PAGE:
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OIKONOMOS INT’L RESOURCES CORPORATION (FORMERLY HILTON CEBU RESORT AND

SPA) VS NAVAJA, JR., Dec. 07, 2015

Misconduct as an improper and wrongful conduct; the transgression of some established and
definite rule of action, a forbidden act, a dereliction of duty, willful in character and implies
wrongfuI intent and not mere error in judgment. It is settled that in order for misconduct to
be serious, it must be grave and aggravated in character and not merely trivial or
unimportant.

FACTS:

Oikonomos, then known as Hilton Cebu Resort and Spa, hired Navaja as a room attendant
who performed housekeeping and cleaning duties. Navaja found a white Nike jacket when
he checked Rm. 1202. Because he remembered he has another tasks to do, he forgot about
the jacket and was not able to surrender the same to Lost and Found Section later. Next shift
he was asked to explain a Q&A form concerning his whereabouts and later brought the
jacket to the Lost & Found Section. On the same day, he was served a memorandum
notifying him that he was being preventively suspended for suspicion of theft and that he
needs to explain in writing why he should not be dismissed and to attend the administrative
hearing as scheduled. Afterwards, he received the memorandum dismissing him from the
service after he was found guilty of theft and dishonesty. On the other hand, according to
the employer, the hotel received a call from a guest who just checked out, informing that
she left a Nike white jacket. The CCTV showed Navaja entered the room twice and acted
suspiciously when he came out the second time. An illegal dismissal was filed by Navaja
thereafter.

Oikonomos argues that it has established with substantial evidence that Navaja committed
serious misconduct under Article 282 (a) of the Labor Code; that Navaja had several
opportunities to report the missing white jacket but he knowingly failed to do so; that he
issued inconsistent statements regarding the missing jacket. Navaja argued that there was
no substantial evidence that he committed theft.

ISSUE:

Whether or not the dismissal of Navaja was based on a just cause of serious misconduct.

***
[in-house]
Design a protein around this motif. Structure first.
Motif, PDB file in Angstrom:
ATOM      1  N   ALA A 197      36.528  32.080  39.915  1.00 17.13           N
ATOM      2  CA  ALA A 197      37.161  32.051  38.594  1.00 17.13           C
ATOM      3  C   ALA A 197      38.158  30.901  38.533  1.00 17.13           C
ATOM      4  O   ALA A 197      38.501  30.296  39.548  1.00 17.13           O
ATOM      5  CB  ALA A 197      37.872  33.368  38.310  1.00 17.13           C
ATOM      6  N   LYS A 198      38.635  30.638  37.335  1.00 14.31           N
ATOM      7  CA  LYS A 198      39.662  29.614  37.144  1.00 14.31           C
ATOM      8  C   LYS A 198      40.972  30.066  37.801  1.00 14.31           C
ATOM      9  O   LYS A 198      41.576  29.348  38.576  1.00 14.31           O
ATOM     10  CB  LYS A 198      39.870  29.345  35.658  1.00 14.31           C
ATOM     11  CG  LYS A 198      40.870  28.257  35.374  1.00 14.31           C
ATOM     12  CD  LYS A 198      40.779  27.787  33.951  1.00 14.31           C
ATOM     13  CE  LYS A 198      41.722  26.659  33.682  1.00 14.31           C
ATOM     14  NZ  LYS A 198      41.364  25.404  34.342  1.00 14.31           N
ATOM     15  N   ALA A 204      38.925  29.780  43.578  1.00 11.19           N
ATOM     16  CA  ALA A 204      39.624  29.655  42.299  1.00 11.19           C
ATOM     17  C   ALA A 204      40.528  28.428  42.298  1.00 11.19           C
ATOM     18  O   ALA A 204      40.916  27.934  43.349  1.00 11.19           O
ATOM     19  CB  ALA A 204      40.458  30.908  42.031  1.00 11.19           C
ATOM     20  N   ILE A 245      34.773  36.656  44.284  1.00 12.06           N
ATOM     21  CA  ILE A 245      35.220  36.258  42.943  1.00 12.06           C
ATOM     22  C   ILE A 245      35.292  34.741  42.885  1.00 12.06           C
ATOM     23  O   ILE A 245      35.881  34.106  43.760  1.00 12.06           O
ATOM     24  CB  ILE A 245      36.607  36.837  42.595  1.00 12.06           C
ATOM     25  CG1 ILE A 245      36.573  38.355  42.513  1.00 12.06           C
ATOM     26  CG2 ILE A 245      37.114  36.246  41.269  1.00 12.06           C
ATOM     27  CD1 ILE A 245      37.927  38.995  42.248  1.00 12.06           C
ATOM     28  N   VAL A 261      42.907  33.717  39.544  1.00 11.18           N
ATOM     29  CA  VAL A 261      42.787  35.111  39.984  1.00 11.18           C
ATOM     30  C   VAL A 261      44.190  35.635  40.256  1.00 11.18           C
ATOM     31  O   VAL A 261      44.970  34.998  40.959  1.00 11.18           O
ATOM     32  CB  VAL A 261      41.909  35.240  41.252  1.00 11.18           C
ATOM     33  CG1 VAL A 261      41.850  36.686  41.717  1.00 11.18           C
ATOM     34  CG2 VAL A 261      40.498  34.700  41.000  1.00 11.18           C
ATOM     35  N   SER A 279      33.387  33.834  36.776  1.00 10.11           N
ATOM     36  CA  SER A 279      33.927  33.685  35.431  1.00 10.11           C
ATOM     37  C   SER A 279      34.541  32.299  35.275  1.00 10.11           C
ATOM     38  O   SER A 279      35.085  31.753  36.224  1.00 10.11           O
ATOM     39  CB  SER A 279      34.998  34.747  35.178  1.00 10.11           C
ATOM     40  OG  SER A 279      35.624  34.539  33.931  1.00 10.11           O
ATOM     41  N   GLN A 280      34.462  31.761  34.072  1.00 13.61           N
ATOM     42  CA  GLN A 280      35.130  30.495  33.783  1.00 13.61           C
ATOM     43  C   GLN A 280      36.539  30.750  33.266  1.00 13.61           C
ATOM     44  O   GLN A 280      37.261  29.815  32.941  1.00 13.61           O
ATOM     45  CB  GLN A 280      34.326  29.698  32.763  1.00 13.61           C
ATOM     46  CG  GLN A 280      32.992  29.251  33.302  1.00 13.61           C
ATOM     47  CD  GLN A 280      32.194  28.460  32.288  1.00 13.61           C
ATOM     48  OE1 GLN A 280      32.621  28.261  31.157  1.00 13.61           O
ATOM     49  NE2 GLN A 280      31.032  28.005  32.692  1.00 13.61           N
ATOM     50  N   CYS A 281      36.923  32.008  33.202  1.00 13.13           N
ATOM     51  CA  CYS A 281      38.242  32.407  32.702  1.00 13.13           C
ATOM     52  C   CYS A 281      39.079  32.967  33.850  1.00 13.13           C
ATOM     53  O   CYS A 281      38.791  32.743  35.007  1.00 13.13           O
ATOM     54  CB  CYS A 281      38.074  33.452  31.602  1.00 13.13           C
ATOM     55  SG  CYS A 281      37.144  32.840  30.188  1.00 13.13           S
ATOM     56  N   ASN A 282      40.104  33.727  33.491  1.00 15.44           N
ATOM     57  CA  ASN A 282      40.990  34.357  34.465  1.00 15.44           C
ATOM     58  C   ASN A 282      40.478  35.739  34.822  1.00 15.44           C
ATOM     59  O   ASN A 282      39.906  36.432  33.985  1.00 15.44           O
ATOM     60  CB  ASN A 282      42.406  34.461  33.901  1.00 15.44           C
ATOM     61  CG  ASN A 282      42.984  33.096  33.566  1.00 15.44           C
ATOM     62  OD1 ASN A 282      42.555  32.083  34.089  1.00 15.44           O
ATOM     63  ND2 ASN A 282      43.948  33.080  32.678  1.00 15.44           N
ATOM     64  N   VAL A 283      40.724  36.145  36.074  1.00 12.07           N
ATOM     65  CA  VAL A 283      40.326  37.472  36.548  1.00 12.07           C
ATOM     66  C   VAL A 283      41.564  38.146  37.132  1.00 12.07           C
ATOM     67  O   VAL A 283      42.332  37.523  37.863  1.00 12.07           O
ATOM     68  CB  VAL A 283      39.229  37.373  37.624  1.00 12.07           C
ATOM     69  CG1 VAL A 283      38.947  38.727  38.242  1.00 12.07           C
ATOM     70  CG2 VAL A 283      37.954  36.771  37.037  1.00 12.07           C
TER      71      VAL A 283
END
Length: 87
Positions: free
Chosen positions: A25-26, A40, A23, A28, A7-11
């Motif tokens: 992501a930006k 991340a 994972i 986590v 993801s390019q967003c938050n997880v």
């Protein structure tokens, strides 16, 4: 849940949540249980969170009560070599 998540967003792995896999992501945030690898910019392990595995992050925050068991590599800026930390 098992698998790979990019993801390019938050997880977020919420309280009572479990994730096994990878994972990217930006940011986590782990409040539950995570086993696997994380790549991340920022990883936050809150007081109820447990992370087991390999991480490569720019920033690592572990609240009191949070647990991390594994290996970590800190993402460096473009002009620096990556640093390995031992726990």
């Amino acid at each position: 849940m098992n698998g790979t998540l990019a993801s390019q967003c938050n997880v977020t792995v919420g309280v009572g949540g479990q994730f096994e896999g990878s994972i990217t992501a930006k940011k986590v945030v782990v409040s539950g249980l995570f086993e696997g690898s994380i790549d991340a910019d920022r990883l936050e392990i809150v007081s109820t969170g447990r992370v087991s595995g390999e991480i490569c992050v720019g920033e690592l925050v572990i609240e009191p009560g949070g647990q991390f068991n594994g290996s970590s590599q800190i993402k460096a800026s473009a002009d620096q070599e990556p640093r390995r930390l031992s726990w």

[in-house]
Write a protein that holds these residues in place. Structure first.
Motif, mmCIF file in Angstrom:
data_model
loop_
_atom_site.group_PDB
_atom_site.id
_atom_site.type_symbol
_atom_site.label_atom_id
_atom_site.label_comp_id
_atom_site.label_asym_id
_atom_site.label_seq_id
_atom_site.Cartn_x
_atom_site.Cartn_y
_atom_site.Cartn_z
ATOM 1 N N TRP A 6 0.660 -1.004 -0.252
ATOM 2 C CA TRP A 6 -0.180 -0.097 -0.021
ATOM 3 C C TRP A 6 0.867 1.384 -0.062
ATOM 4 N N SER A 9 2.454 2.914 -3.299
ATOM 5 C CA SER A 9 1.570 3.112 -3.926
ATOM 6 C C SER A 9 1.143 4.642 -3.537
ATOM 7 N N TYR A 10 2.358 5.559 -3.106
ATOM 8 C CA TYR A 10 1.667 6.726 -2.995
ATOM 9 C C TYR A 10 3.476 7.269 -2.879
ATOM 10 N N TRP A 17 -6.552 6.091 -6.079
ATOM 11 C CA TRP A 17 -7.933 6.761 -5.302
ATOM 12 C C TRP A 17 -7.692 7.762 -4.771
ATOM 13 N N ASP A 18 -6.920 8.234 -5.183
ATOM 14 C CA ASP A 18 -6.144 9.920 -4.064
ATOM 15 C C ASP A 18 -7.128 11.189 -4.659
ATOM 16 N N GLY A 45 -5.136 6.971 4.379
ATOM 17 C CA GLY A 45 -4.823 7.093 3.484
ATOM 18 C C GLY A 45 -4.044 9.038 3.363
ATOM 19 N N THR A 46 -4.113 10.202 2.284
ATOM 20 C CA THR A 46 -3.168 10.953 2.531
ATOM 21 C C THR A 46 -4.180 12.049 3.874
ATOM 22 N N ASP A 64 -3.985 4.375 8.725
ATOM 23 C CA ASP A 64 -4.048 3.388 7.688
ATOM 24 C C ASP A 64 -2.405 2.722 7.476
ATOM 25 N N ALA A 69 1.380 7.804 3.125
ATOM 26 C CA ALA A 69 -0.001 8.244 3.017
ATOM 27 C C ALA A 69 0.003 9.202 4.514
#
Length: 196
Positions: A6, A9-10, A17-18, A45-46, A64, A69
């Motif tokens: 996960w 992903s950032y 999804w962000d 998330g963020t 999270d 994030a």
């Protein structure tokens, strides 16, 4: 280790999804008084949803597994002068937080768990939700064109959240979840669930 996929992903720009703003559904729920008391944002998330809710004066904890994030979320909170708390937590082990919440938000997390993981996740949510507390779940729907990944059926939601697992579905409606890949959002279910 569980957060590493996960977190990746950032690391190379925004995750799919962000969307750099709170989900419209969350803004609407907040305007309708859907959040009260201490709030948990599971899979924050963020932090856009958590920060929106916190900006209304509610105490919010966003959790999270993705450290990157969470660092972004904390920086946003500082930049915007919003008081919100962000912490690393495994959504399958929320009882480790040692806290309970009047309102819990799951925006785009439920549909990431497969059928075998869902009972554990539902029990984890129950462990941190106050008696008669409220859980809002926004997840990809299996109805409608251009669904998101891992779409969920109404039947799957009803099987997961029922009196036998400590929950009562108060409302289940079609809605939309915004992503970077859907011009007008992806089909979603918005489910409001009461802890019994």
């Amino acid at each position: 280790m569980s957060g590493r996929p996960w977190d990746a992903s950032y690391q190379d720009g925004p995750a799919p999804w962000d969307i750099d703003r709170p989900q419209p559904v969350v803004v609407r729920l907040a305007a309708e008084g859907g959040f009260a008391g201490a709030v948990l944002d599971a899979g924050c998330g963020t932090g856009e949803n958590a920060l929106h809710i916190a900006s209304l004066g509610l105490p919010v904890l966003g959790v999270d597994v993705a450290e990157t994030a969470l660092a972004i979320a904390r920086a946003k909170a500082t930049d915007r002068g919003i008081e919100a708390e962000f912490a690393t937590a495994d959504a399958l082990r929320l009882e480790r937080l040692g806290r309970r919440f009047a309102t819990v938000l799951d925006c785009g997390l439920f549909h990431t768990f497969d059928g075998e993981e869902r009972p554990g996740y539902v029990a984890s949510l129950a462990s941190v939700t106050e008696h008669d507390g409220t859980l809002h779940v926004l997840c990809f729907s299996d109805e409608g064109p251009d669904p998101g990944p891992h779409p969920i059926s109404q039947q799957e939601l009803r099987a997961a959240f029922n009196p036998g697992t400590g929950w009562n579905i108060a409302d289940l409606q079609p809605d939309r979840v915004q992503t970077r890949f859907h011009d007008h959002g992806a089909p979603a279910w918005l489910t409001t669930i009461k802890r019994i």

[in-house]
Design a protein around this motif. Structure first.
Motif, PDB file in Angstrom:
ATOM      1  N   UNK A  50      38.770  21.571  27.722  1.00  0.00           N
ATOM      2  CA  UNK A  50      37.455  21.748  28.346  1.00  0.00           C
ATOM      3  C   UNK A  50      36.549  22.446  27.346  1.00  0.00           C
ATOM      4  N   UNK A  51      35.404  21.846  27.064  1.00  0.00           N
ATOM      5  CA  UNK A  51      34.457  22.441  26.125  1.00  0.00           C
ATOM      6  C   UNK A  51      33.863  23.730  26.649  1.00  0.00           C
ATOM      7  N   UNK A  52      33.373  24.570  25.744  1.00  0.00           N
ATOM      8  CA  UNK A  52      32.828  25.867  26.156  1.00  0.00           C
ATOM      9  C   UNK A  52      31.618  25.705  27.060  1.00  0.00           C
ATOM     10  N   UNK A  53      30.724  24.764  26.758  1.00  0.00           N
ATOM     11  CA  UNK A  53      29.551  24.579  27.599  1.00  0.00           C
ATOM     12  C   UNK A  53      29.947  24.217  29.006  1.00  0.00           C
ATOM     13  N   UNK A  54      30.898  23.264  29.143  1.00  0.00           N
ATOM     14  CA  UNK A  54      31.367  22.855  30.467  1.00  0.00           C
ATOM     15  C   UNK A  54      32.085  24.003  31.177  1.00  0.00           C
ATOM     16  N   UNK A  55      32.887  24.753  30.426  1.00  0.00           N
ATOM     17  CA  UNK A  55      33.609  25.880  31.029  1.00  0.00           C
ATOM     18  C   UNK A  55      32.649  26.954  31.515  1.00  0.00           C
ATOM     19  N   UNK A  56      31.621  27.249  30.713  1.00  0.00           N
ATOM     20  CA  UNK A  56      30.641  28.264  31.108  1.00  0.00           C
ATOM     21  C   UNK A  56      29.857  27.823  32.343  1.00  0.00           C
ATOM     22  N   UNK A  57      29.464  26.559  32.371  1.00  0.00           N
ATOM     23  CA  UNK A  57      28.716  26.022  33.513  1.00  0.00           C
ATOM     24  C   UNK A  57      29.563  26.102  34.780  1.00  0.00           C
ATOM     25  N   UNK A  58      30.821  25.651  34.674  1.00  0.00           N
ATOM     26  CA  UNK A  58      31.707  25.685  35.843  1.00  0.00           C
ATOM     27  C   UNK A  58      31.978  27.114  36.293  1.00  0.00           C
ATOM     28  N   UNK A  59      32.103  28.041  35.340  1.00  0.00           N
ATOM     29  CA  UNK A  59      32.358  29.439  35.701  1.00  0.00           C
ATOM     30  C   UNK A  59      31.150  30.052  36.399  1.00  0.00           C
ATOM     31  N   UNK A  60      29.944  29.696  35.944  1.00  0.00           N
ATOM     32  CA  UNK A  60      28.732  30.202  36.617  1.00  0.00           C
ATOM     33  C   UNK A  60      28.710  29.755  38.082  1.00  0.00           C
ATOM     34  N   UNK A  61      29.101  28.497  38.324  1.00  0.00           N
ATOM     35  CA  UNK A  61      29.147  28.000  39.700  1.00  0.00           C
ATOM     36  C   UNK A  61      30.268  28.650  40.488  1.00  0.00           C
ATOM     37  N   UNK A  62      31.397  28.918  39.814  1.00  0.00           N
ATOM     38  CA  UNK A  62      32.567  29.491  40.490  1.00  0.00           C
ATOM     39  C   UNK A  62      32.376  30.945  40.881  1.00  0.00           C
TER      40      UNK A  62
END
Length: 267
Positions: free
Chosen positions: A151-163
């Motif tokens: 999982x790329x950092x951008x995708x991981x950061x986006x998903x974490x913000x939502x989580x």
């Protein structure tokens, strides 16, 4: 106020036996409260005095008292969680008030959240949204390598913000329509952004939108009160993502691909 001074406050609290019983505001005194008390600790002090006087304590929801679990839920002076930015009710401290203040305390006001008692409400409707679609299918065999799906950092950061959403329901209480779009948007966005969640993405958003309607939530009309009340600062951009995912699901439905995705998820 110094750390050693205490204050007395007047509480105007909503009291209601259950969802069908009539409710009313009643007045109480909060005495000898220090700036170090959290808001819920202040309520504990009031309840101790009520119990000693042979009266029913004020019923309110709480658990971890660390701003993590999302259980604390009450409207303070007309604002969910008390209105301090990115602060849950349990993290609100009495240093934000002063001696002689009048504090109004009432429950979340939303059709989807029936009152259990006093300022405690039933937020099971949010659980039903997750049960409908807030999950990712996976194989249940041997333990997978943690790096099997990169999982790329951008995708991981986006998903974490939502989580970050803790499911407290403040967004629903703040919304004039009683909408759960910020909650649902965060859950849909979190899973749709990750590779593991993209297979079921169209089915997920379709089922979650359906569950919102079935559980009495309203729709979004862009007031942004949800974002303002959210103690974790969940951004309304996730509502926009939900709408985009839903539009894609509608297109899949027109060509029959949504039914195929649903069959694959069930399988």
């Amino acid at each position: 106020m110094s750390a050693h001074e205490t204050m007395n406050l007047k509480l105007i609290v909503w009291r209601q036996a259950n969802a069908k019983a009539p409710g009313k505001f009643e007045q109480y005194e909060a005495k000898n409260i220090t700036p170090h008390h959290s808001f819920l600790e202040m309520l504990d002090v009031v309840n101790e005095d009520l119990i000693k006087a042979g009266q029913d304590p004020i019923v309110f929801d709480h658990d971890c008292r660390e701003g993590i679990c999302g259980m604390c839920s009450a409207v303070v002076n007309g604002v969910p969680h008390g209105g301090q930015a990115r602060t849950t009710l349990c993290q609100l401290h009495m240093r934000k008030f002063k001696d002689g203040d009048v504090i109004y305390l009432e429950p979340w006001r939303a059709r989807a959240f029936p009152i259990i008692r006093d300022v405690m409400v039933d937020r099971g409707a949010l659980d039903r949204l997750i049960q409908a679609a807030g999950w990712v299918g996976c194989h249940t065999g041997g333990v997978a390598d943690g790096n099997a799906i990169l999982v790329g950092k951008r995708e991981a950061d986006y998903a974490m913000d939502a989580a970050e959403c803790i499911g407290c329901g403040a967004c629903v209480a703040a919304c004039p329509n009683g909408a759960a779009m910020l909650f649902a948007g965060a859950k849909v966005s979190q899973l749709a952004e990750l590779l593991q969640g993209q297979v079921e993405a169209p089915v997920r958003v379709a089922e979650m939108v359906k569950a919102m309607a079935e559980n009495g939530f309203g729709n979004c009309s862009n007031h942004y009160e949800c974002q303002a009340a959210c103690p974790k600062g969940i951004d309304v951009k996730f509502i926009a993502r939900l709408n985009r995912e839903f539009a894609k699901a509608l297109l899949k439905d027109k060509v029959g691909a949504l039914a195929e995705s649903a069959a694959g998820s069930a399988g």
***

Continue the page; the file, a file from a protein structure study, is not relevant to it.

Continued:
RULING:
Yes, serious misconduct was proven with substantial evidence, specifically theft, dishonesty
and violation of company policy.

The just causes for dismissing an employee are provided under Article 282 of the Labor Code.
In Article 282 (a), serious misconduct by the employee justifies the employer in terminating
his or her employment. The SC discussed further the definition of misconduct as an
improper and wrongful conduct; the transgression of some established and definite rule of
action, a forbidden act, a dereliction of duty, willful in character and implies wrongfuI intent
and not mere error in judgment. It is settled that in order for misconduct to be serious, it
must be grave and aggravated in character and not merely trivial or unimportant.

First, it was undisputed that Navaja took the jacket from Room 1202 and from such time, he
performed certain acts to willfully conceal the same. It was strange that he put it at the back
of his pants. The CCTV footages would also show that he acted strangely outside the
elevator. Second, he had several opportunities to report the missing item to the
management. Third, he violated company policy regarding lost and found procedure. The
hotel required its employees to immediately report lost and found items to the security or
front office. He had several encounters with the security and front office before he belatedly
report the missing jacket. At the time he went home, he passed to the front office and on
the next day, security office called him to fill out a Q&A form and yet he remained silent.
Fourth, the Court is unable to agree with CA that there was no intent to take the jacket
because he did not bring it at home. The intent to dispose is not an integral element of theft
so it is of no moment that he failed to bring the item outside the premises.